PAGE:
A study published in 2009 Mayo Clinic Proceedings found that men aged 40-49 with erectile dysfunction were twice as likely to develop heart disease as men without ED.  Indeed, ED sufferers have an 80% higher risk of heart disease than dudes who don’t have erection problems. Experts have concluded that a guy with organic, as opposed to psychological, ED is at risk of experiencing a major cardiovascular event within 3-5 years of the onset of ED symptoms.

….so that’s the bad news.

The good news is that, you’ve got a 3-year window, after first experiencing bad sex, to take preventative action, through lifestyle changes and medical treatment. If the side-effects of turning your health around, include avoiding a major CV event and improving your sex life; that’s terrific news!

The bottom line is that the younger you are and experience ED, the more important to take action now, get screened and lower your risk of CVD.

Occasional softness or inability to get it up or keep it up once in a while is generally not a concern. That’s part of life in the 21st century fast-lane.  However, don’t write-off repeated soft erections or bad sex as merely a result of overwork or not enough sleep.  Dr. Elna Rudolph, medical doctor and sexologist at My Sexual Health Clinic, advises that, if symptoms persist a month, get screened by a doctor for underlying health problems. Dr. Ramlachan says that too often men discount symptoms as a result of overwork, stress or aging and delay or avoid seeing a doctor, because they don’t think it’s serious.

Sex problems may not suggest only CVD. They can be a sign of blood sugar imbalances including insulin resistance, which can put you at risk for diabetes. According to a 2007 study in The American Journal of Medicine, diabetic men had more than 2.5 times the rate of ED than non-diabetics.  High blood sugar and insulin levels can damage blood vessels and result in poor penile blood flow, as well as damage nerve function needed for A-1 erections.  Not surprisingly, CVD can be a knock-on effect of untreated insulin resistance, especially when it comes in the form of metabolic syndrome.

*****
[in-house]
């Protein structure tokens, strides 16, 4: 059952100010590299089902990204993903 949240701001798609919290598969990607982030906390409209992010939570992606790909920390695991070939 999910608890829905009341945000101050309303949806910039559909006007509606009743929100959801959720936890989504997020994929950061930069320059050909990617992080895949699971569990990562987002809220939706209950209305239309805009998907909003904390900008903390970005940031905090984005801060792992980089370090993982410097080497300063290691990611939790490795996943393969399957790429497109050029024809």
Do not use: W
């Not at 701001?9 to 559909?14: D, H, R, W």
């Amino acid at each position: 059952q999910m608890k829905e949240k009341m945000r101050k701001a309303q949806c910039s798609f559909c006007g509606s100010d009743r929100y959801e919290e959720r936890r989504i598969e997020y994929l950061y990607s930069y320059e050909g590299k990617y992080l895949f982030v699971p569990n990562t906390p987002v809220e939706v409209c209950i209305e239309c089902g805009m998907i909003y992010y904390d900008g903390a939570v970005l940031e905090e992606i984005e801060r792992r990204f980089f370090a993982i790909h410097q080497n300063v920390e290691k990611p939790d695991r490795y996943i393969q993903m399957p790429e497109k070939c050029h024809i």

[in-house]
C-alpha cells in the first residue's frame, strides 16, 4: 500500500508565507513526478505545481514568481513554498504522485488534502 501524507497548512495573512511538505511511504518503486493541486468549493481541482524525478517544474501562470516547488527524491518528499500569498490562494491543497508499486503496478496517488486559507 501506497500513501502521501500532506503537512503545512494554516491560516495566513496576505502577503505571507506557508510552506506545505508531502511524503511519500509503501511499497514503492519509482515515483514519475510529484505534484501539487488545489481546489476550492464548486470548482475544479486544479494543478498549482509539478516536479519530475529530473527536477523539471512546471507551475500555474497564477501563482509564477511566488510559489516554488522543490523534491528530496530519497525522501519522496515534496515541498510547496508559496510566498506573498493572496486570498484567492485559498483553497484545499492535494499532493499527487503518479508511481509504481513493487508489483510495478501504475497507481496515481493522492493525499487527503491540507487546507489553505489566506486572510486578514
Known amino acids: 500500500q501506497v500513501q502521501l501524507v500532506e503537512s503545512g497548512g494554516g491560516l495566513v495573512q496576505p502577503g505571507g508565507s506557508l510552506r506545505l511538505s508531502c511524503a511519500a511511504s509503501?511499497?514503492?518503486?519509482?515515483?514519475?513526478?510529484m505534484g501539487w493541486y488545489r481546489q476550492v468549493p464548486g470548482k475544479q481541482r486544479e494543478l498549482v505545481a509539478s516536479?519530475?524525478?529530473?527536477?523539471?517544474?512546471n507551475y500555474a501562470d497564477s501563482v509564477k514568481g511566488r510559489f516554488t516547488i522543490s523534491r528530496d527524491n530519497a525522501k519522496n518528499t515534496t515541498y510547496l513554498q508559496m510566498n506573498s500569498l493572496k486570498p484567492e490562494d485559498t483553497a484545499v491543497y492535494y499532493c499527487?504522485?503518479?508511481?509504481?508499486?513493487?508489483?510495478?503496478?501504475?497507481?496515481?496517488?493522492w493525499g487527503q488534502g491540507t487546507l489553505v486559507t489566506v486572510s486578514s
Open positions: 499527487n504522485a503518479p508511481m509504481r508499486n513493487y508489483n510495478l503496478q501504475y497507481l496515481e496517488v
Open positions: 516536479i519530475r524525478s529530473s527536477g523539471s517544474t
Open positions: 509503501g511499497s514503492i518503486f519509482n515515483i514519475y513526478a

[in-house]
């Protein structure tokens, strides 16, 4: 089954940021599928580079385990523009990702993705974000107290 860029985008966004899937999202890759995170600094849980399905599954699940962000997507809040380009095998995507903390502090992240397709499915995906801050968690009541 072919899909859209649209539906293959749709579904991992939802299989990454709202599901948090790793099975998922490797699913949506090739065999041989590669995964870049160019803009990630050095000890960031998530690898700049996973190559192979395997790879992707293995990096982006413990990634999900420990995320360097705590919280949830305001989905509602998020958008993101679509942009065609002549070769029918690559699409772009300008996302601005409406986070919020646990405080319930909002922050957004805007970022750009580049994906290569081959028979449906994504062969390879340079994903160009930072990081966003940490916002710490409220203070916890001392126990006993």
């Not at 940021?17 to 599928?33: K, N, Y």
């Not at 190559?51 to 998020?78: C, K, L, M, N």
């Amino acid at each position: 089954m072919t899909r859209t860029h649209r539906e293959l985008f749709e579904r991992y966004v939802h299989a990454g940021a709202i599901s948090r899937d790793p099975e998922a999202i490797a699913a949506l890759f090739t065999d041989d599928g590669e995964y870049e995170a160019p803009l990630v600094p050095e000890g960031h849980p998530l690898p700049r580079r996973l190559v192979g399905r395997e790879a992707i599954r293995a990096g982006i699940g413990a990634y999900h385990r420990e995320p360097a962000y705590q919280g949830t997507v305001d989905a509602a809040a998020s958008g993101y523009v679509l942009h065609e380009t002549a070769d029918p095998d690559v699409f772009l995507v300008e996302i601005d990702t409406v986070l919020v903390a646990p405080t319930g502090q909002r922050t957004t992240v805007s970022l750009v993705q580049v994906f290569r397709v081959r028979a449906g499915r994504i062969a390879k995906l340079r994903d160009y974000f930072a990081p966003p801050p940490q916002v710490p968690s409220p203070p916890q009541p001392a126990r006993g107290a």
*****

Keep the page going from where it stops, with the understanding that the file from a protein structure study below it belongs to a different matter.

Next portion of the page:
Men with metabolic syndrome have a higher incidence of ED. Metabolic syndrome is that constellation of symptoms that include high blood pressure, abdominal obesity, cholesterol abnormalities and insulin resistance.  So, if you’re suffering ED, be on the lookout … Metabolic Syndrome increases your chances of heart disease and diabetes.

As well, diabetes and insulin resistance are linked to lower testosterone in men.   While testosterone levels gradually decrease with age, eating too many refined and sugary foods or being sedentary or over-weight can affect testosterone levels for the worse.  Sometimes it’s not a problem of too little testosterone but too much estrogen, caused by excess body fat, among other factors. Excess estrogen can overwhelm the testosterone you’ve got, leading to signs of low testosterone like weakness, fatigue, low libido and ED.   Dr. Justin Howlett, urologist at UCT Private Academic Hospital, routinely tests testosterone levels in patients with ED.

ED, ejaculation problems and low libido can be a sign of poor thyroid function. The thyroid gland and its hormones   govern metabolism and energy levels. They affect pretty much every system in your body including production of sex, stress and blood pressure hormones. When the thyroid is out of whack, you can suffer a cluster of symptoms including fatigue, weakness, hair loss, ED and, in the case of too much thyroid hormone, anxiety and premature ejaculation.

Depression can also lead to sexual dysfunction and vice versa.   Another side-effect of low testosterone, along with sexual dysfunction, is depression.   The chicken and egg relationship of mood and sexual performance continues; SSRIs, commonly prescribed drugs to combat depression, include ED as a side-effect.

SSRI’s are not the only drugs that may affect a guy’s mojo. Beta-blockers can do the same.  Cape Town cardiologist J.P. Smedema explains that a side-effect of many drugs, including over-the-counter meds, can include sexual dysfunction. The important thing, Smedema says, is to let your doc know immediately of any changes in your sex drive or erections after starting a new medication. Often alternate meds won’t cause symptoms.

Similarly, stress and anxiety can contribute to ED, ejaculation problems and lack of desire.

Conditions like Parkinson’s, kidney disease, brain and spinal cord injury can impact sexual performance including stroke, dementia and prostate and rectal surgery.  A study reported at the 2008 Clinical Congress of the American College of Surgeons found rates of sexual dysfunction among patients under 50 who’d suffered traumatic injury of any kind in the past year was triple the normal population!

Excess porn viewing has been linked to erectile dysfunction. Rudolph suggests that it is not porn itself but the intimacy problems watching too much can reinforce. She notes that porn addiction and resulting sexual dysfunction are some of the toughest problems to treat and can wreak havoc on a man’s sexual relationships.

So, what to do, if you’re unhappy with your sexual performance?

Lots!